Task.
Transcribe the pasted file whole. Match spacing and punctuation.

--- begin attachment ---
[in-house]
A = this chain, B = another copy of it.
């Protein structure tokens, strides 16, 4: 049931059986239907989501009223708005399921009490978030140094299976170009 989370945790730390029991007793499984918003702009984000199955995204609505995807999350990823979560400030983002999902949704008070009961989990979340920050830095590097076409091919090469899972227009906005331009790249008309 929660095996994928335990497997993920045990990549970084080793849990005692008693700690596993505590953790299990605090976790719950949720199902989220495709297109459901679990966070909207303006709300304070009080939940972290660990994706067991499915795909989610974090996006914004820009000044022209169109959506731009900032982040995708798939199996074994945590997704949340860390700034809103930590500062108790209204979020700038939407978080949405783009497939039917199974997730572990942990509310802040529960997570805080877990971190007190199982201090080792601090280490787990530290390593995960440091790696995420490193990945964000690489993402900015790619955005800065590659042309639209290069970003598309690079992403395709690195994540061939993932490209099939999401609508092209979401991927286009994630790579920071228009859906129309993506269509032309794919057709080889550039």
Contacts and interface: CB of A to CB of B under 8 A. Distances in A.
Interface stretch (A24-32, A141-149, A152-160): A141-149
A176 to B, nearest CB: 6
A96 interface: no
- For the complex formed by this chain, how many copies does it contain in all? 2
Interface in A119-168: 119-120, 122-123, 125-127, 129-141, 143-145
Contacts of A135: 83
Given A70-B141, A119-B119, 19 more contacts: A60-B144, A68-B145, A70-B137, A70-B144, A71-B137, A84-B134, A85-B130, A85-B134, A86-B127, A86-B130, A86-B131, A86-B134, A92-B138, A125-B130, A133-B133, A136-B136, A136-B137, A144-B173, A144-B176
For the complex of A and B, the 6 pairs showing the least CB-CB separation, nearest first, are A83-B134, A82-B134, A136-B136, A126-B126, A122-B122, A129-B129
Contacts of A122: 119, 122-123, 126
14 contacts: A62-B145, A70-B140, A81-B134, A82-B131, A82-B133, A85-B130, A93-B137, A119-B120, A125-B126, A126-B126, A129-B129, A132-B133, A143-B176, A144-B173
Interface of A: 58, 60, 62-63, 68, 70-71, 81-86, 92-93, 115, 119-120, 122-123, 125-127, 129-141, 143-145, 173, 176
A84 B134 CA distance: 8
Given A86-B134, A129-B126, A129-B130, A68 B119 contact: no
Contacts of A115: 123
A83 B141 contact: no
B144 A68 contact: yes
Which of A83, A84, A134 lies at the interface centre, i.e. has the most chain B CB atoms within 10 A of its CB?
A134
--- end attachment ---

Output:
[in-house]
A = this chain, B = another copy of it.
């Protein structure tokens, strides 16, 4: 049931059986239907989501009223708005399921009490978030140094299976170009 989370945790730390029991007793499984918003702009984000199955995204609505995807999350990823979560400030983002999902949704008070009961989990979340920050830095590097076409091919090469899972227009906005331009790249008309 929660095996994928335990497997993920045990990549970084080793849990005692008693700690596993505590953790299990605090976790719950949720199902989220495709297109459901679990966070909207303006709300304070009080939940972290660990994706067991499915795909989610974090996006914004820009000044022209169109959506731009900032982040995708798939199996074994945590997704949340860390700034809103930590500062108790209204979020700038939407978080949405783009497939039917199974997730572990942990509310802040529960997570805080877990971190007190199982201090080792601090280490787990530290390593995960440091790696995420490193990945964000690489993402900015790619955005800065590659042309639209290069970003598309690079992403395709690195994540061939993932490209099939999401609508092209979401991927286009994630790579920071228009859906129309993506269509032309794919057709080889550039």
Contacts and interface: CB of A to CB of B under 8 A. Distances in A.
Interface stretch (A24-32, A141-149, A152-160): A141-149
A176 to B, nearest CB: 6
A96 interface: no
- For the complex formed by this chain, how many copies does it contain in all? 2
Interface in A119-168: 119-120, 122-123, 125-127, 129-141, 143-145
Contacts of A135: 83
Given A70-B141, A119-B119, 19 more contacts: A60-B144, A68-B145, A70-B137, A70-B144, A71-B137, A84-B134, A85-B130, A85-B134, A86-B127, A86-B130, A86-B131, A86-B134, A92-B138, A125-B130, A133-B133, A136-B136, A136-B137, A144-B173, A144-B176
For the complex of A and B, the 6 pairs showing the least CB-CB separation, nearest first, are A83-B134, A82-B134, A136-B136, A126-B126, A122-B122, A129-B129
Contacts of A122: 119, 122-123, 126
14 contacts: A62-B145, A70-B140, A81-B134, A82-B131, A82-B133, A85-B130, A93-B137, A119-B120, A125-B126, A126-B126, A129-B129, A132-B133, A143-B176, A144-B173
Interface of A: 58, 60, 62-63, 68, 70-71, 81-86, 92-93, 115, 119-120, 122-123, 125-127, 129-141, 143-145, 173, 176
A84 B134 CA distance: 8
Given A86-B134, A129-B126, A129-B130, A68 B119 contact: no
Contacts of A115: 123
A83 B141 contact: no
B144 A68 contact: yes
Which of A83, A84, A134 lies at the interface centre, i.e. has the most chain B CB atoms within 10 A of its CB?
A134